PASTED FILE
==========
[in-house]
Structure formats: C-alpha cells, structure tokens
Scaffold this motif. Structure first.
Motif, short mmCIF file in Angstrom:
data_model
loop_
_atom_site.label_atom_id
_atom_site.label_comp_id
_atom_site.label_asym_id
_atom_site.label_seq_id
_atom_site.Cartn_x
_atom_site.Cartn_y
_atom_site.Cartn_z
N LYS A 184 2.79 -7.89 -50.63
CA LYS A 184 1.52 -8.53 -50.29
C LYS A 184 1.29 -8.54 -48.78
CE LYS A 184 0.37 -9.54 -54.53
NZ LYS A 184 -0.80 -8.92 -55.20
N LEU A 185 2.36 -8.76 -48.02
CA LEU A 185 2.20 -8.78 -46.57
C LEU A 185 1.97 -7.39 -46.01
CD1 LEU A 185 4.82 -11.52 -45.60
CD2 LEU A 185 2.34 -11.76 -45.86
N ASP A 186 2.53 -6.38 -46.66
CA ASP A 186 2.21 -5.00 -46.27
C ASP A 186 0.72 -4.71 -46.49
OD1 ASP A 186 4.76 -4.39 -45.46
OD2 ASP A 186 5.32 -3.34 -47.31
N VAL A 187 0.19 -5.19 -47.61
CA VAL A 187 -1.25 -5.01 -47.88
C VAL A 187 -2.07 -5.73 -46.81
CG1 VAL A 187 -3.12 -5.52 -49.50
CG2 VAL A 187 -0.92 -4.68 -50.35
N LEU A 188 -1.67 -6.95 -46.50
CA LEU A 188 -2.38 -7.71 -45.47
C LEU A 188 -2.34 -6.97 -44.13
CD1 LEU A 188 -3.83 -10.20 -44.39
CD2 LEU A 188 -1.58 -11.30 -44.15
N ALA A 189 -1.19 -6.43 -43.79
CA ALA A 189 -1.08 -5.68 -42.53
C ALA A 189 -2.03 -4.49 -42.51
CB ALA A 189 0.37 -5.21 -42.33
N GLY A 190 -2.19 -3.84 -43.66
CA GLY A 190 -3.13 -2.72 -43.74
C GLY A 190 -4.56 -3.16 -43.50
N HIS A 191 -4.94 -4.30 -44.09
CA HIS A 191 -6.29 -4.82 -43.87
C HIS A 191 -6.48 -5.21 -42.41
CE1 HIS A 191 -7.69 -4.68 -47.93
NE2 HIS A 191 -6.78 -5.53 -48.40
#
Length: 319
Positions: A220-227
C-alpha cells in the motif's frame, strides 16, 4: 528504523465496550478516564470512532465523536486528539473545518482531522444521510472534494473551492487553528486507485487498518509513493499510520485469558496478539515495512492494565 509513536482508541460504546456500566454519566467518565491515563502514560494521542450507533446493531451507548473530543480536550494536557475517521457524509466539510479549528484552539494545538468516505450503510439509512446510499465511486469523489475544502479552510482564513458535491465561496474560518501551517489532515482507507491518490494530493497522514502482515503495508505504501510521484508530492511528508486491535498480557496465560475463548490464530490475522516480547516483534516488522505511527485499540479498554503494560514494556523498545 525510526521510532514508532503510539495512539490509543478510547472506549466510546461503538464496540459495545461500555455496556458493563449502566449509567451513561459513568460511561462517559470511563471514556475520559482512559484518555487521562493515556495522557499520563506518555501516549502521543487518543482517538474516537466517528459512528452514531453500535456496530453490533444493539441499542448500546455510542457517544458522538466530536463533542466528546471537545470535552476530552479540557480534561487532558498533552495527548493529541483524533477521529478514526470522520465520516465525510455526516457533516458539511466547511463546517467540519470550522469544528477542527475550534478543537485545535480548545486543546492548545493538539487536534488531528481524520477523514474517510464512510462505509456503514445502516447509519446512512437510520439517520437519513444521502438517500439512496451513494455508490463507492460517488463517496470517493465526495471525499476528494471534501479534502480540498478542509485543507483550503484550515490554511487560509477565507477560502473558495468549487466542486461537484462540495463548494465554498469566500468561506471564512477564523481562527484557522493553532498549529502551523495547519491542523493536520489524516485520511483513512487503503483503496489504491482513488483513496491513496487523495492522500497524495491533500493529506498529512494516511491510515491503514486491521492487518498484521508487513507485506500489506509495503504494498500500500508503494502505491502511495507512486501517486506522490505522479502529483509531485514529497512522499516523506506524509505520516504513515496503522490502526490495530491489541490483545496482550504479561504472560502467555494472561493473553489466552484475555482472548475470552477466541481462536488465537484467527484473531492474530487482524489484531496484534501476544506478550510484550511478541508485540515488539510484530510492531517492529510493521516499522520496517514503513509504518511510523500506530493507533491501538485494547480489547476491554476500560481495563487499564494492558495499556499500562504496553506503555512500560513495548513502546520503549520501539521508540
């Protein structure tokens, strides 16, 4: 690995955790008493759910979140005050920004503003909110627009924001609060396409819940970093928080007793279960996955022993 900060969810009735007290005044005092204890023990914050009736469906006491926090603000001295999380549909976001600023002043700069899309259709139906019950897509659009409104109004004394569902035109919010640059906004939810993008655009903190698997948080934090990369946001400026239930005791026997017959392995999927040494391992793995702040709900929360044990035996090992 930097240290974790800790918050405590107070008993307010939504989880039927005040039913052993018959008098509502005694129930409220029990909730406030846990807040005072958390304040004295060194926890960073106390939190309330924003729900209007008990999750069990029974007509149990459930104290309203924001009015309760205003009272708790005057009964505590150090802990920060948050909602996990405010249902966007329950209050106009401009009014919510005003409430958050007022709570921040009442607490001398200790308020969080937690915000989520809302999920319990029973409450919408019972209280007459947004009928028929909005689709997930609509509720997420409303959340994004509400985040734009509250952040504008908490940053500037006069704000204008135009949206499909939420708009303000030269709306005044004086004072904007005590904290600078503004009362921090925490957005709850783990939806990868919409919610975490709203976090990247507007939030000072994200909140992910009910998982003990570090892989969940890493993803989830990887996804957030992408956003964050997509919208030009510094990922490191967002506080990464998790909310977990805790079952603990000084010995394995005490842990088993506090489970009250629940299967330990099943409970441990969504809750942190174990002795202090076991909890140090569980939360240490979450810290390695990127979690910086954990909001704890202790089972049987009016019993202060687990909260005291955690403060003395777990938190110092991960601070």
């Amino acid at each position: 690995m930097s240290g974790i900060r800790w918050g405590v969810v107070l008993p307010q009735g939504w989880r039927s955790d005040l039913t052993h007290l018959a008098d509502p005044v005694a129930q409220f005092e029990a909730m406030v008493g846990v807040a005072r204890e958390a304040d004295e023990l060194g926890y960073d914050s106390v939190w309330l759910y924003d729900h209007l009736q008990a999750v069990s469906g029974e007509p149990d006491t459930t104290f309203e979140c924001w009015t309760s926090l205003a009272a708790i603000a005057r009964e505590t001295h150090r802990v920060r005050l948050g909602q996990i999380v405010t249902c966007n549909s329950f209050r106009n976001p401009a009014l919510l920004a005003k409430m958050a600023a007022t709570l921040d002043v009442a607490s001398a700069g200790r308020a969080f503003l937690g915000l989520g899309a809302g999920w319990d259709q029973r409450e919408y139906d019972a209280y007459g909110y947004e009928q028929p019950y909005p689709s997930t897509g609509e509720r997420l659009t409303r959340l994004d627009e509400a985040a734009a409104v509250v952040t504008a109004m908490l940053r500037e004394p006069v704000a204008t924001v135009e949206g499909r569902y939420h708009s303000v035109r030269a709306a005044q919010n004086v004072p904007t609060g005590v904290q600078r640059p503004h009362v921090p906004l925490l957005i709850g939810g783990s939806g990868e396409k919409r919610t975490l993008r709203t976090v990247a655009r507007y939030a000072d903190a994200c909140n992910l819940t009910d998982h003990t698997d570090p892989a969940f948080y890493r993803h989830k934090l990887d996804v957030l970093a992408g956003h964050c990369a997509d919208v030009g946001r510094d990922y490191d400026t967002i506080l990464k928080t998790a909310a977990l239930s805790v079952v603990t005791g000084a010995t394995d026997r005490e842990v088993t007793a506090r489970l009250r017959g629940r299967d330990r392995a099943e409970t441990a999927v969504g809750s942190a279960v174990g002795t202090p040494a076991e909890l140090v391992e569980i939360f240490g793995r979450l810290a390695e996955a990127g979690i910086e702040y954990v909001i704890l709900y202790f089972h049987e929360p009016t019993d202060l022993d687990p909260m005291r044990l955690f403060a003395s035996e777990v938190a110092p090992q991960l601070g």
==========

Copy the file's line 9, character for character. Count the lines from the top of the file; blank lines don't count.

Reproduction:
_atom_site.label_asym_id